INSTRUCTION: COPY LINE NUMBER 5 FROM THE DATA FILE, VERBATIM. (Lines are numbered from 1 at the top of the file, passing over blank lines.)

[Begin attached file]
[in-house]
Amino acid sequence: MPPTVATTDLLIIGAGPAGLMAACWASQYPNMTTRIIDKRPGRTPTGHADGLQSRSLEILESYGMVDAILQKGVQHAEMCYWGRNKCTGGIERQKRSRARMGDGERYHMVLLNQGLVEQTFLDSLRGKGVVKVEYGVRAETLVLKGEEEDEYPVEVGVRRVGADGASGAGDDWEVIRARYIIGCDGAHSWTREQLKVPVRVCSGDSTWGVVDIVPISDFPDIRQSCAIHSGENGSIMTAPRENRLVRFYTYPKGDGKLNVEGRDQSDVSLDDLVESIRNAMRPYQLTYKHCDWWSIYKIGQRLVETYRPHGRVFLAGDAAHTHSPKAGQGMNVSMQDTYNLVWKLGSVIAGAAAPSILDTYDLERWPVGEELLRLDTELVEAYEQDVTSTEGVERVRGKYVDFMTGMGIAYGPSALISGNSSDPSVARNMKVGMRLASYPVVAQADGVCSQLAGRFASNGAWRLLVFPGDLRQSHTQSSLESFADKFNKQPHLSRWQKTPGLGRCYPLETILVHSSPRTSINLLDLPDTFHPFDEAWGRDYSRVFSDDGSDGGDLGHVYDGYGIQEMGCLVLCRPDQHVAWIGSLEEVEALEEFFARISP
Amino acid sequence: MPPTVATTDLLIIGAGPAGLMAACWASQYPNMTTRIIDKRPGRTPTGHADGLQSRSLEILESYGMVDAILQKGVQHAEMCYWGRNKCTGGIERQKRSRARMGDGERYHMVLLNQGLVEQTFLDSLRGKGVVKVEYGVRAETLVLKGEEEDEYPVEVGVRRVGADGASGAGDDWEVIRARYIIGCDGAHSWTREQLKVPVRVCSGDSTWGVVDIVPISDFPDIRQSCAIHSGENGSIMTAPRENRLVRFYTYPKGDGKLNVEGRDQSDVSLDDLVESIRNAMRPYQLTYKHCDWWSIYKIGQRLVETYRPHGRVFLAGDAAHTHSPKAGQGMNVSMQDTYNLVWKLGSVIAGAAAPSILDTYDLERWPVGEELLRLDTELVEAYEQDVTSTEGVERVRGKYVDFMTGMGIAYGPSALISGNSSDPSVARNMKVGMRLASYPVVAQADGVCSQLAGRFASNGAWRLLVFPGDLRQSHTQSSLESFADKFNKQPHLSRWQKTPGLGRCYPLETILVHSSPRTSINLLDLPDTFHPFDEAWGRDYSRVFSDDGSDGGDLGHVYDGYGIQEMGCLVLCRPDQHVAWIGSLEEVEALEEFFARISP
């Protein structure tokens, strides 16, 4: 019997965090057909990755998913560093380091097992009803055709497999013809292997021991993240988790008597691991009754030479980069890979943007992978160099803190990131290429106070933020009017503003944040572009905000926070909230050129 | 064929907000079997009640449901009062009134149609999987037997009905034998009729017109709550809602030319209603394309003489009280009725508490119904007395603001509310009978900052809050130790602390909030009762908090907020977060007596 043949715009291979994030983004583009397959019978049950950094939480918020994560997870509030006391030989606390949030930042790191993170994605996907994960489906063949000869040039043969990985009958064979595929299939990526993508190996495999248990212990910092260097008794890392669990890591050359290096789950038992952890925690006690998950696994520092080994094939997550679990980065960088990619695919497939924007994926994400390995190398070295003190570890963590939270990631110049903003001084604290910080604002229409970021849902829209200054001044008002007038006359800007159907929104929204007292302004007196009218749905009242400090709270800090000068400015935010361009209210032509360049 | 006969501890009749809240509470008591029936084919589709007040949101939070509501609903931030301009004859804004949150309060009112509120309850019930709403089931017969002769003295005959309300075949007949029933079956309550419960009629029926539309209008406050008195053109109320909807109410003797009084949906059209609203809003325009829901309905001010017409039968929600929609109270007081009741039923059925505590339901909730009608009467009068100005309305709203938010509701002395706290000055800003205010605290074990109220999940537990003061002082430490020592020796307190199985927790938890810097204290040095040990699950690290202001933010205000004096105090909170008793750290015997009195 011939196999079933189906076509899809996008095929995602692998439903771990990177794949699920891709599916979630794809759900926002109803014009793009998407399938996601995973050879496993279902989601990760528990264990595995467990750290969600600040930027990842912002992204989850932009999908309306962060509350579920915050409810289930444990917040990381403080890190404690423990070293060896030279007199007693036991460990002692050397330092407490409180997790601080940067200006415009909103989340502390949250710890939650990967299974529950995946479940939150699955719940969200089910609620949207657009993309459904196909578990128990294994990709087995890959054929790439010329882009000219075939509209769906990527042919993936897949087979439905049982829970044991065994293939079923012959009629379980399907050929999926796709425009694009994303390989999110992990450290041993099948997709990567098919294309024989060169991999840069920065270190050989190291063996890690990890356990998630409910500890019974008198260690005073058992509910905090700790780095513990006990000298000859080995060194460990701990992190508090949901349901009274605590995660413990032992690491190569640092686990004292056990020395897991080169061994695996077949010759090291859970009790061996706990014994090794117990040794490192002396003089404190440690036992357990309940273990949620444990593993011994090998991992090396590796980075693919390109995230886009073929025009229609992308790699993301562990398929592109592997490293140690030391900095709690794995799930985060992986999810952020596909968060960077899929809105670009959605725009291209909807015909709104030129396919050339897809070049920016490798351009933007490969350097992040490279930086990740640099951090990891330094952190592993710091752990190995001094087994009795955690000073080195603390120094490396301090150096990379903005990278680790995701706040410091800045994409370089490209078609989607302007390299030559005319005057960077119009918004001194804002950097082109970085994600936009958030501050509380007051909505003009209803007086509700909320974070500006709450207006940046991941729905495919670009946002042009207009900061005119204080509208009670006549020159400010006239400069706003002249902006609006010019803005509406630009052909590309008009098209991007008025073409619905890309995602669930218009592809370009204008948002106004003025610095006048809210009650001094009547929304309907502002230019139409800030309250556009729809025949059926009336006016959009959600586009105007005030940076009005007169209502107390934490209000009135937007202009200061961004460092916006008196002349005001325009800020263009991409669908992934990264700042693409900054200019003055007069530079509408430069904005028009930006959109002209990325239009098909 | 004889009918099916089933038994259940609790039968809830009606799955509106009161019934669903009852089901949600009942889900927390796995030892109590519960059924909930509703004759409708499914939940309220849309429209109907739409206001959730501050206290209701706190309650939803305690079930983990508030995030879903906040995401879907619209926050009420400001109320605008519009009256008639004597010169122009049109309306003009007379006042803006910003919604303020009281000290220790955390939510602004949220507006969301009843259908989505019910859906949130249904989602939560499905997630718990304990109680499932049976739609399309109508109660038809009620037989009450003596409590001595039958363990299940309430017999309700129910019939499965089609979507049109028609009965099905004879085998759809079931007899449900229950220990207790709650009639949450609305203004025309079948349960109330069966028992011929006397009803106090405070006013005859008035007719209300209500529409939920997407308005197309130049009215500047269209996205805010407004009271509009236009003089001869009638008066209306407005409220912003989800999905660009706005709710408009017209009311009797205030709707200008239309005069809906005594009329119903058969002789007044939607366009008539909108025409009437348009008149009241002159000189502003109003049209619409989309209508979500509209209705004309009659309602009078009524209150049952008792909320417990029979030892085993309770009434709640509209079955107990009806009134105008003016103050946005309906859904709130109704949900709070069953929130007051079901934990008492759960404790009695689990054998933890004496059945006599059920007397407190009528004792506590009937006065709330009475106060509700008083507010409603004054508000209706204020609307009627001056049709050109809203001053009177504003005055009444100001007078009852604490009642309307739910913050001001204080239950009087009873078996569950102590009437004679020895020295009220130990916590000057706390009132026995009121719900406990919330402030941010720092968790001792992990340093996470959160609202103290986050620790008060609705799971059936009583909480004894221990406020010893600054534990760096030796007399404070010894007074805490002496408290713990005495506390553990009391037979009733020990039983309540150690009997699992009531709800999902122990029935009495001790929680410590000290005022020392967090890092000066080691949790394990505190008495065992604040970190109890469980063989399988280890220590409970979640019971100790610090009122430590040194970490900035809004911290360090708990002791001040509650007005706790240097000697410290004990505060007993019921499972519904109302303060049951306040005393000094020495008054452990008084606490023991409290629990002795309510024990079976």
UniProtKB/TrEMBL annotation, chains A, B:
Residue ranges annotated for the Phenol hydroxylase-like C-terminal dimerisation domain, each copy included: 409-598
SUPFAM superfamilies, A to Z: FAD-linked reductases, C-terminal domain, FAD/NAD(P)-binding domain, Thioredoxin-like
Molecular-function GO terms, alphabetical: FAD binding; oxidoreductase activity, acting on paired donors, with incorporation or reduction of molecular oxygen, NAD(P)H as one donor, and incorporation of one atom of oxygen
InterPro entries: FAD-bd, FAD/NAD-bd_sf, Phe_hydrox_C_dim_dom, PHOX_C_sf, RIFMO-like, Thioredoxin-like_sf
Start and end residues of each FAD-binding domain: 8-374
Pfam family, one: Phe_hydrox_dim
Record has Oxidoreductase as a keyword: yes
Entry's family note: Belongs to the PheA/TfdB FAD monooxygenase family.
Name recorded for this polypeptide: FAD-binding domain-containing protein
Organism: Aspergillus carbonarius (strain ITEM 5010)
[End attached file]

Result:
UniProtKB/TrEMBL annotation, chains A, B: